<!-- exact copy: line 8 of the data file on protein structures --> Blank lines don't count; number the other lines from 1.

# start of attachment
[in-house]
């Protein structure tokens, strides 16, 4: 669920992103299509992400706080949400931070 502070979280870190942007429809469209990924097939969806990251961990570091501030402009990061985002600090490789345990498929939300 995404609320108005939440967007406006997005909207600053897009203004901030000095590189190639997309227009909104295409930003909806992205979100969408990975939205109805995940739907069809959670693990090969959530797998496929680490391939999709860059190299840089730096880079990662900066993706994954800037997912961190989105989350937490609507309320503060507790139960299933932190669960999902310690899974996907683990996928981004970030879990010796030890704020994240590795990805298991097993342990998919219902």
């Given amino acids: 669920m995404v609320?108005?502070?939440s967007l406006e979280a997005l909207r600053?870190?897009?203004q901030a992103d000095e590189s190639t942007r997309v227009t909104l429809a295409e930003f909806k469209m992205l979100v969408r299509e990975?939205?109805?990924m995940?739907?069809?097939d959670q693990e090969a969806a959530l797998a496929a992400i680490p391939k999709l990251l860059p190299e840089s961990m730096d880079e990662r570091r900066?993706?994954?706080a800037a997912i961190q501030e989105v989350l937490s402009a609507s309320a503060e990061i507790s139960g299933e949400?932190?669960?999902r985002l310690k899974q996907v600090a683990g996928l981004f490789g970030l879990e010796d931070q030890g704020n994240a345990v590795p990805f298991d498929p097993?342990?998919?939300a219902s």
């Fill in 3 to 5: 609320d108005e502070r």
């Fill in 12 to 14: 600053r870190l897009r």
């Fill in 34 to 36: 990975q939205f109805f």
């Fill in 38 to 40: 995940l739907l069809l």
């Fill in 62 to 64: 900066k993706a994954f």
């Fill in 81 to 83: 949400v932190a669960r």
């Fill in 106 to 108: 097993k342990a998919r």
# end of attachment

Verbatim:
């Fill in 62 to 64: 900066k993706a994954f």